Charleston County comprehensive plan focuses on more apartments

Charleston County comprehensive plan focuses on more apartments
March 10 17:20 2018 Print This Article

Charleston County government is holding a series of seven workshops during the next three weeks to inform the public about proposed changes to the county’s Comprehensive Plan.  The planning document places heavy emphasis on high-density apartment development and mass transportation.  Among the workshop sites will be the Lonnie Hamilton Public Services Building on March 27 and West Ashley High School on March 28.

The Chamber of Commerce promotes more apartments because developers make more money per acre building them than they do for single family homes or commercial property.  The comprehensive plan calls for a “density bonus” to be granted to developers which set aside “affordable housing” units in the apartment complexes.  The federal definition of affordable housing is that tenants living below 80% of the median household income for the area should not have to spend more than 30% of their income on rent and utilities.  The plan lists the median household income in Charleston County as $53,437.  A density bonus means that developers may exceed the maximum density in the zoning ordinances if they offer a certain percentage of units deemed as affordable.

The plan also advocates for more spending on mass transportation and pedestrian and bicycle paths.  It states, “Dependency on the automobile has led to sprawling development, traffic congestion, and higher taxes to build and maintain roads.”  The plan also states that people who live more than a quarter mile from a bus stop are not likely to ride the bus and indicated that would include more than 70% of the people in Charleston County.  The document also calls for encouraging and supporting bicycle paths.  A recent bicycle path project for Folly Road will cost nearly $4 Million per mile.

The cornerstone of the mass transportation plan is a Bus Rapid Transit system from Summerville to Downtown Charleston, which would cost hundreds of millions of dollars.  The proposed route along Highway 78 and Highway 52 would have 18 stops.  Planners have not figured out where people would park their cars to access the bus stops.  Furthermore, how rapid would the system be with 18 stops along the route?  We all see nearly-empty buses criss-crossing Charleston County.  There is currently a park-and-ride station at Citadel Mall, and aside from a few peak route times used by MUSC employees, it is empty most of the day.  I had a chance to speak to mass transportation consultants at a recent public meeting and asked them if they could reference a metropolitan area the size of Charleston which has a well-utilized bus system, and none of them could.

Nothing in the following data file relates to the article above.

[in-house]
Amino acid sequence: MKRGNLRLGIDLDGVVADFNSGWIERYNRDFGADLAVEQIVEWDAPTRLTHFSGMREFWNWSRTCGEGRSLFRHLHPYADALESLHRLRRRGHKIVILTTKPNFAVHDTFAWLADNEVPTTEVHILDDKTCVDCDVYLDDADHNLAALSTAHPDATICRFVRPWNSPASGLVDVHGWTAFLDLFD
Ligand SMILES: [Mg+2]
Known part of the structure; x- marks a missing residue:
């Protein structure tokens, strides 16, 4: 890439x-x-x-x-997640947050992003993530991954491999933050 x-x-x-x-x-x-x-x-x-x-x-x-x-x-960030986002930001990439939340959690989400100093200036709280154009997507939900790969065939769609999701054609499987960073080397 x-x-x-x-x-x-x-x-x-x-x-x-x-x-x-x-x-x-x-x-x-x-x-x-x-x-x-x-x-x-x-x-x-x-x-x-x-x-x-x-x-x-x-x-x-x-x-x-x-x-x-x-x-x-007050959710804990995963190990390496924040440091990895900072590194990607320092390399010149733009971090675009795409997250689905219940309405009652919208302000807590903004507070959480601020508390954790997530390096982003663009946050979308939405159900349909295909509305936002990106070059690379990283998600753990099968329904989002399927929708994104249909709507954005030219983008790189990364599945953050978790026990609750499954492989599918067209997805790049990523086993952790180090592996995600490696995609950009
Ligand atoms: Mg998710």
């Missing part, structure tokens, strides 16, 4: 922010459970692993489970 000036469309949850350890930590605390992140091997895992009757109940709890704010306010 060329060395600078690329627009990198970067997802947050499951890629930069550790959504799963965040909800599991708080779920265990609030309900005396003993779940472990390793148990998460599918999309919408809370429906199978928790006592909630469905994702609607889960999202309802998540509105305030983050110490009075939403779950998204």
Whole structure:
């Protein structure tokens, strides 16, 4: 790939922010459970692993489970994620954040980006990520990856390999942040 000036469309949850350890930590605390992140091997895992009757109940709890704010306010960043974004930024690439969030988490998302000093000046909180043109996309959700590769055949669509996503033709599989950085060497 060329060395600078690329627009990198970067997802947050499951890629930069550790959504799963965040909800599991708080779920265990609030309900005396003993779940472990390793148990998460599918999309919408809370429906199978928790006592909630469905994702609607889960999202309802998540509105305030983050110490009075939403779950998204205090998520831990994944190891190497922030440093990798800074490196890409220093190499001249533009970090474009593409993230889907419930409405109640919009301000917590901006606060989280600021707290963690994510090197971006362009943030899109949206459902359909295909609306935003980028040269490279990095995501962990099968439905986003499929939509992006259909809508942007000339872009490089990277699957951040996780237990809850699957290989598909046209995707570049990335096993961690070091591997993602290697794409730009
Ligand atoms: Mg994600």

There also a piece in the document about energy usage which decried our usage of fossil fuels.  I fail to understand why that is part of a regional planning process.  Fossil fuel energy sources are much more cost-effective than solar power.  Solar panels are great to have to provide electricity after a power outage, but most households can’t afford them, even with the state and federal subsides which keep the industry afloat.  The plan also calls for more local food production because of the fuel consumed by transporting food products from other parts of the country.  While local production is a great thing and has contributed to successful farmers markets throughout the county, we don’t have the farming capacity to feed our nearly 400,000 residents.

One of the most disappointing aspects about the Comprehensive Plan is that it does not even address the issue of drainage.  Flooding has been a serious problem in all parts of Charleston County in recent years.  Over-development has been a major cause of the flooding, as has filling in wetlands to allow for more development.  Attendance at the workshops is encouraged.  Someone may even listen to your concerns!